Neuroscience in Australia
More than 100 neuroscientists gathered in Washington DC recently to hear Australia’s Chief Scientist, and former neuroscientist himself, speak as part of the world forum, Neuroscience 2011.
As well as opening a lecture on “Schizophrenia – Research Developments towards New Treatment”, Professor Chubb was also invited to speak at the “Neuroscience Down Under” forum at the Australian Embassy.
In his speech he highlighted the value and importance of research conducted by Australian neuroscientists.
“Neuroscience is ubiquitous – understanding how our brains work can obviously improve our mental health in areas like Alzheimer’s and schizophrenia, but it also has the capacity to affect our daily lives by helping us improve the way we learn, or the way we relate to our family or friends,” Professor Chubb said.
To the audience, he acknowledged that the discipline can often be overlooked. “As a former neuroscientist myself; I will make sure this crucial science discipline remains on my agenda, especially considering its importance to the national interest,” he said.
The speech also highlighted some of Australia’s greatest contributions to neuroscience, including the 1963 Nobel prize-winning work of Sir John Eccles at the ANU on the ionic mechanisms of synaptic transmission in the brain and Professor Geoffrey Burnstock’s work at the University of Melbourne in the 1960s and 1970s that led to the discovery of purinergic transmission and the first formal proposal that neurons may release more than one neurotransmitter. His discovery has helped scientists better understand and work towards treatments for epilepsy, Alzheimer’s, pain, cystic fibrosis and cancer.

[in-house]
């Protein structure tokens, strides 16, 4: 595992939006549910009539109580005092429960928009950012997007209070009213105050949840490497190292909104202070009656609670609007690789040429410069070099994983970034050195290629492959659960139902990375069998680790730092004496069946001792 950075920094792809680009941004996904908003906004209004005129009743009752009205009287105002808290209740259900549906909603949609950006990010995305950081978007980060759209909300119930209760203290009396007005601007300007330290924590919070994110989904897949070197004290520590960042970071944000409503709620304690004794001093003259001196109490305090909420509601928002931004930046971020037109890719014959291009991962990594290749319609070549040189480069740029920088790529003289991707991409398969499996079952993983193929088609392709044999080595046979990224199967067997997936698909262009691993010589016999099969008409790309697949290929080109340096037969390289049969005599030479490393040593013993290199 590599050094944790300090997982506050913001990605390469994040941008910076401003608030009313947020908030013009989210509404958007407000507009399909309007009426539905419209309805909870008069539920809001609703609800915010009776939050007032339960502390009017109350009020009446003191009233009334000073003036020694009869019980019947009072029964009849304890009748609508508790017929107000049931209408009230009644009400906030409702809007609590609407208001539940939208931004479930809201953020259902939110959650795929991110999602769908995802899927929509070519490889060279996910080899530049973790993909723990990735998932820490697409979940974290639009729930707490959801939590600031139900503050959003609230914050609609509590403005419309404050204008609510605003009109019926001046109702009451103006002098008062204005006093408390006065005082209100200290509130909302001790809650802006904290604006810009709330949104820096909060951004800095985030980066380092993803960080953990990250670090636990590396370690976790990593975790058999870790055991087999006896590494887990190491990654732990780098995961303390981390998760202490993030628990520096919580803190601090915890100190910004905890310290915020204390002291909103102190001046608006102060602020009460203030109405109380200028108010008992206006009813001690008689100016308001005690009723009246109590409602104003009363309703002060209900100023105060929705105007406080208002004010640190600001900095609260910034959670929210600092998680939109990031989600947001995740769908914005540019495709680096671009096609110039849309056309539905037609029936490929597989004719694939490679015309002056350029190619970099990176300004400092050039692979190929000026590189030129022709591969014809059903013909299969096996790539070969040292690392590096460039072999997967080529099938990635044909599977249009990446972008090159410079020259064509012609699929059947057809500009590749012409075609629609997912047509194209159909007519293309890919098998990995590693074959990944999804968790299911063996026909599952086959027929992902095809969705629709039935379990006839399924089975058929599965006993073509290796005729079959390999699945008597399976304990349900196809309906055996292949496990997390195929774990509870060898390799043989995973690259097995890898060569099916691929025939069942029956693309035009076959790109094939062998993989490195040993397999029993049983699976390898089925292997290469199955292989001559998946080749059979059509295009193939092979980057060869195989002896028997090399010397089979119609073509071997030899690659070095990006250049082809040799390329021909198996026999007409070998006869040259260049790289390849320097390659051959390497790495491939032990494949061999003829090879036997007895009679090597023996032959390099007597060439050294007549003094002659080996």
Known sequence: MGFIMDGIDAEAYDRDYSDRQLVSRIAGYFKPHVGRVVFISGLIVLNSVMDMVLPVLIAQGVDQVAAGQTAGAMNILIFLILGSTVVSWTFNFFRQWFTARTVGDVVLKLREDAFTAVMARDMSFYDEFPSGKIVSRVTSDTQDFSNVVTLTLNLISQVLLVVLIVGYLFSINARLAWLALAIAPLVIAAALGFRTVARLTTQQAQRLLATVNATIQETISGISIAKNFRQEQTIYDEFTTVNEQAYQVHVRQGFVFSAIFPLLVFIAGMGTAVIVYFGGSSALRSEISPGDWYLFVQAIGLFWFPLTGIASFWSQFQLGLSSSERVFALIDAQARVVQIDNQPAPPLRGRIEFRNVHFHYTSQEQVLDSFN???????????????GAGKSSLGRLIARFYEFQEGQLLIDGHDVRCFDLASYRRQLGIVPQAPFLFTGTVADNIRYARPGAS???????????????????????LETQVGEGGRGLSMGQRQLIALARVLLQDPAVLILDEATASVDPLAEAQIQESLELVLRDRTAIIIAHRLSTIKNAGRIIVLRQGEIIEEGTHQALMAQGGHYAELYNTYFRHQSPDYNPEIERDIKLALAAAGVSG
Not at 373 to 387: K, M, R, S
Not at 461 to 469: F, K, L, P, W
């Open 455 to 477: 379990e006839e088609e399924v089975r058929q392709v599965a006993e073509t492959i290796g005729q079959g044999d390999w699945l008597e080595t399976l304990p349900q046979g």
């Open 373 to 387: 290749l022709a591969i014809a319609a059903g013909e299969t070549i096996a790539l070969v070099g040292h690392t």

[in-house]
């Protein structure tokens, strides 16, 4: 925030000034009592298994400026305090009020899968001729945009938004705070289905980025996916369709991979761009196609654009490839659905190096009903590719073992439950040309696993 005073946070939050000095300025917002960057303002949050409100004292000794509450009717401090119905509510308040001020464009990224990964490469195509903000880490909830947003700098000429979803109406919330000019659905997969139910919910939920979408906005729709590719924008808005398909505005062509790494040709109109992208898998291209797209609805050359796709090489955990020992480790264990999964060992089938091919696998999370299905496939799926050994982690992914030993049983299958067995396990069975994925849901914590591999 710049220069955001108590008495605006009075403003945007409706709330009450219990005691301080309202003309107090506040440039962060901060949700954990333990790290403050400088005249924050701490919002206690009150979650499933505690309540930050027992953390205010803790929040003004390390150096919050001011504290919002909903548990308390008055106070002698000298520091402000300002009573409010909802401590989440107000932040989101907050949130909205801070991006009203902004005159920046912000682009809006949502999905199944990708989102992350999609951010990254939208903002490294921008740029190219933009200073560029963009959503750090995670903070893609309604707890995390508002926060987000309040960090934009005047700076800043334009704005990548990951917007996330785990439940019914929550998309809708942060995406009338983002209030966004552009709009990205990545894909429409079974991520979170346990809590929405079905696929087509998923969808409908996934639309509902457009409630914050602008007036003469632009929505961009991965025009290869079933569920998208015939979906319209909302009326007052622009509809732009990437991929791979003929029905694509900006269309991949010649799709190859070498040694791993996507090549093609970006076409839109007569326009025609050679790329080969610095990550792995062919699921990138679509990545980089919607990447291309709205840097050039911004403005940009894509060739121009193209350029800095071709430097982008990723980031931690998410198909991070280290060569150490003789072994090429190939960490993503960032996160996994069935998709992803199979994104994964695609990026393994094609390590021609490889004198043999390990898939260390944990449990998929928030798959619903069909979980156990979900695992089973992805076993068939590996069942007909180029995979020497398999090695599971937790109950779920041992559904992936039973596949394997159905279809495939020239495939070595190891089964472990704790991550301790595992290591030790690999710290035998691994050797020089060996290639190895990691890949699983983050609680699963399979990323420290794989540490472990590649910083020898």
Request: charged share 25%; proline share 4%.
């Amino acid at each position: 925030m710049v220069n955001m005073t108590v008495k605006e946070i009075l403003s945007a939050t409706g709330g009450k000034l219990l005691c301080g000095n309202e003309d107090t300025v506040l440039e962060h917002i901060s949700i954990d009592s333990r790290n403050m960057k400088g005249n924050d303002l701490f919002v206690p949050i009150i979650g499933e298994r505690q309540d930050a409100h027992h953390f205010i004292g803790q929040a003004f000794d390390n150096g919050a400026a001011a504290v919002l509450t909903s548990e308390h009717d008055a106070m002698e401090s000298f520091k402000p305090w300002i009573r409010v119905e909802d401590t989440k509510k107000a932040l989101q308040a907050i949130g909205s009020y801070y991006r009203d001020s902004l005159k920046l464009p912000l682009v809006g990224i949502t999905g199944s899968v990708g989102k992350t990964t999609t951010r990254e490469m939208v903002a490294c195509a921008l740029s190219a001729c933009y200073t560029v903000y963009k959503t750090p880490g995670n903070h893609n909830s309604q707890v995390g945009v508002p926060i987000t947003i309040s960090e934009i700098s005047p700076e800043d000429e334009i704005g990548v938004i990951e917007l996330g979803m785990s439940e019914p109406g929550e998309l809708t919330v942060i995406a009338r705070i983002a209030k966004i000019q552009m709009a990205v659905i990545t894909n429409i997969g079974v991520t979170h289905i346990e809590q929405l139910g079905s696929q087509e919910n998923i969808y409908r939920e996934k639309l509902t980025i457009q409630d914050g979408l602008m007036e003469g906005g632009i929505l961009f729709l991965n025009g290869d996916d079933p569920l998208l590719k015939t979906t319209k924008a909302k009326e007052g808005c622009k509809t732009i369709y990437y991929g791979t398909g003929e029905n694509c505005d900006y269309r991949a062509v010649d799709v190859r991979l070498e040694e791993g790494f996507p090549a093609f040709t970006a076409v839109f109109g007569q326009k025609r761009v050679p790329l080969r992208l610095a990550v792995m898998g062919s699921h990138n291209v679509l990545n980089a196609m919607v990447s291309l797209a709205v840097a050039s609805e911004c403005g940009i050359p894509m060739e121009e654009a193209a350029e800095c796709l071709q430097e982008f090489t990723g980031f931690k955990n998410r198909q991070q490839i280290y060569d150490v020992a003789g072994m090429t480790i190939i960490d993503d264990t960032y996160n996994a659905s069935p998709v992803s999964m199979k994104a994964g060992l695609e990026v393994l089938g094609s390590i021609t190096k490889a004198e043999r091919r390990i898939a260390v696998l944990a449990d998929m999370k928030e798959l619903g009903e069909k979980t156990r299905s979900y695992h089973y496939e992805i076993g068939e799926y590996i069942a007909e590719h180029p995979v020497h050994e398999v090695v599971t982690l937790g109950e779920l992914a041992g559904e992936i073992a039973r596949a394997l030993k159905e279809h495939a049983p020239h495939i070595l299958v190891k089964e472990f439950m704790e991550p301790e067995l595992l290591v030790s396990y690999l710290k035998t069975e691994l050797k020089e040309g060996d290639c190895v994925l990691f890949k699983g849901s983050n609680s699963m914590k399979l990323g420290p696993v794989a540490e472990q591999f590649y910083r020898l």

More recently, in the 1990’s Australian scientists were the first to identify the presence of, and eventually isolate, neuronal stem cells in the adult brain. This was the basis for a new field of research into neuro-regeneration which has potential for new treatments of neurological and mental illnesses.
It was also an Australian who discovered the first effective medication for a mental illness. Dr John Cade’s discovery in 1948 of the effects of lithium carbonate as a mood stabiliser for bipolar disorder heralded the beginning of psychopharmacology. In an age where the standard treatments for psychosis were electroconvulsive therapy and lobotomy Dr Cade revolutionised the way the world thought about mental illness.
Alzheimer’s research also owes a debt to an Australian neuroscientist, Professor Colin Masters research on amyloid plaques and A-beta protein identified a key pathway causing Alzheimer’s disease and are now the subject of world-wide research to provide diagnostic and treatment solutions.
To see photos of the event, visit the Chief Scientist’s facebook page at www.facebook.com/chiefscientist